Time to learn some valuable lessons before your second wave of finals hits. Our next Senior Wisdom comes from Ben Harris, who used to have three goldfish named Chicken, Noodle, and Soup.


Ben Harris

Name, Hometown, School, Major: Ben Harris, San Francisco (okay, okay, north of San Francisco…okay, the suburbs), Columbia College, Political Science

Claim to fame: Producing the 118th Annual Varsity Show: The Corporate Core, creating Columbia’s It Gets Better video, and playing the optimistic, gay, Jewish counselor in Egg and Peacock’s world-renowned production of “Camp Baruch Atah.”

Where are you going? First stop is Grandma’s 91st birthday party in Boston. But then onto Yosemite to be an actual gay Jewish camp counselor (Tawonga!). Finally, back to San Francisco to work for a tech company and, hopefully, pursue meaning in life. There is meaning in tech, right? Don’t worry, I read it in CC.

What are 3 things you learned at Columbia and would like to share with the Class of 2018?

1. It’s hard to be happy when obsessing over whether you’re having the blue book experience at Columbia. I fell into that trap freshman year and had a rough time. It wasn’t until sophomore year that I actually started to hit my stride, form a friend group, and commit to the student groups that excited me. It’s easy to spend time worrying about whether your life here is living up to your expectations of what college is all about. Don’t let constant appraisal of your experience at Columbia get in the way of actually enjoying the time you have.

2. School spirit exists. It may be harder to find and less common than at big state schools, but a packed gym for a Columbia basketball game is always exciting. The same is true for Bacchanal, Orgo Night, and other campus traditions. If you want to pretend like Columbia has zero spirit, you could go four years here and never be a part of the campus community. But you’d be missing out!

3. There is so much free food. Event for a newly formed group? Free food. Live at Lerner? Free food. At Liz’s Place at midnight when they close? Free food (specifically large muffins that normally cost a semester’s worth of tuition). So take advantage! And this applies to pretty much everything here. There are a lot of resources that are sitting around and waiting for someone to go after them. Columbia won’t hold your hand and sometimes won’t even show you the way, but being proactive pays off.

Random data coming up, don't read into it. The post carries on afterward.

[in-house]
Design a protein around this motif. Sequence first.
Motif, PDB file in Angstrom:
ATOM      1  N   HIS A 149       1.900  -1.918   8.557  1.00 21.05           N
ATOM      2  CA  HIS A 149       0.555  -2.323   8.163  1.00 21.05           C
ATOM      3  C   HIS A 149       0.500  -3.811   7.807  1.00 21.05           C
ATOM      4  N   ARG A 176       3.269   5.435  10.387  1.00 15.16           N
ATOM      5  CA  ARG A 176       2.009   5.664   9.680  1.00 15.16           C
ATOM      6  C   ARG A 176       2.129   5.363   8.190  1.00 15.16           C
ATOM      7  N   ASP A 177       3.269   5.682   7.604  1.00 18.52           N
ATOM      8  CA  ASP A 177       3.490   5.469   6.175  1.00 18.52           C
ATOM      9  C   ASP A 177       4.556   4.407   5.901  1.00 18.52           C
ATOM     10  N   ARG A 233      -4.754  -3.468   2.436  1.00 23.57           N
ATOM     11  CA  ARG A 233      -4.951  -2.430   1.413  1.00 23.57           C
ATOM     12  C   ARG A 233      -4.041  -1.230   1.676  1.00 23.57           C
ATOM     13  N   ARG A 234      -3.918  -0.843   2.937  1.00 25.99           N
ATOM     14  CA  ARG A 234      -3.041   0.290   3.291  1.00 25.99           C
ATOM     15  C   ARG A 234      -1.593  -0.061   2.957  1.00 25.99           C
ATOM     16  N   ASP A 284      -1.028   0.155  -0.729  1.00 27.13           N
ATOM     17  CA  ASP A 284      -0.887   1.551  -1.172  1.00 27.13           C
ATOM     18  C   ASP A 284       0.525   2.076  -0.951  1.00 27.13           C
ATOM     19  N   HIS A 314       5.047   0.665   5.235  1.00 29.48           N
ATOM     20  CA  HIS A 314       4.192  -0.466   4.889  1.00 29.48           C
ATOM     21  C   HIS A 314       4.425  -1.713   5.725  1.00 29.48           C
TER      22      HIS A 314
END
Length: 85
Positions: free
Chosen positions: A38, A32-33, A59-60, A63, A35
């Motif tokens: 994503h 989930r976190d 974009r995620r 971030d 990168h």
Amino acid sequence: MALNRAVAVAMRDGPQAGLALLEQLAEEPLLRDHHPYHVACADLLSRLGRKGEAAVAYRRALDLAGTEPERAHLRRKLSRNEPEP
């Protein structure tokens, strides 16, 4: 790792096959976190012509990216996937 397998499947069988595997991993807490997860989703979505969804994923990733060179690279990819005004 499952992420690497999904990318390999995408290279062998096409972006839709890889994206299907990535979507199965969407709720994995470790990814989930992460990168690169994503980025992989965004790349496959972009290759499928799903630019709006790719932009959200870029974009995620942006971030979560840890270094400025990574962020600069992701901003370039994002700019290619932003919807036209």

“Back in my day…” The Carman Hall residence lounge was neither a residence nor a lounge…it was a beast of a different nature, getting into to EC took approximately an hour, and the graduation stands definitely did not go up a full month before Commencement (it was more like three weeks, but every day counts when the sun is out).

Justify your existence in 30 words or fewer: As a kid I successfully kept three goldfish alive for over ten years, and named them Chicken, Noodle, and Soup. I also have a ten second cameo appearance in the 120th Annual Varsity Show (my mother is very proud).

Write your most memorable note from the field: Earlier this semester I was at a potluck in Brooklyn with some grads from last year. I’ve been to Brooklyn about two times in the last four years, so I was admittedly feeling pretty adventurous and *cool*. Coming through the tunnel at 14th Street a group of friends appeared and then dragged me onto the train back to Brooklyn, we where ended up at an underground fashion show in someone’s garage with a bonfire outside, before finishing the evening with a pit stop at White Castle. So, you know, memories. It’s good to know people who will make you do things you otherwise would never consider.

Would you rather give up oral sex or cheese? Deantini says actuarial estimates give us 62 more living years…that seems like a long time without eating brie.

One thing to do before graduating: Cry spontaneously about leaving. I may have already crossed this off my list while watching a Google commercial in the Diana cafe, but I’m betting there will be more opportunities.

Any regrets? Not doing more things I might later regret.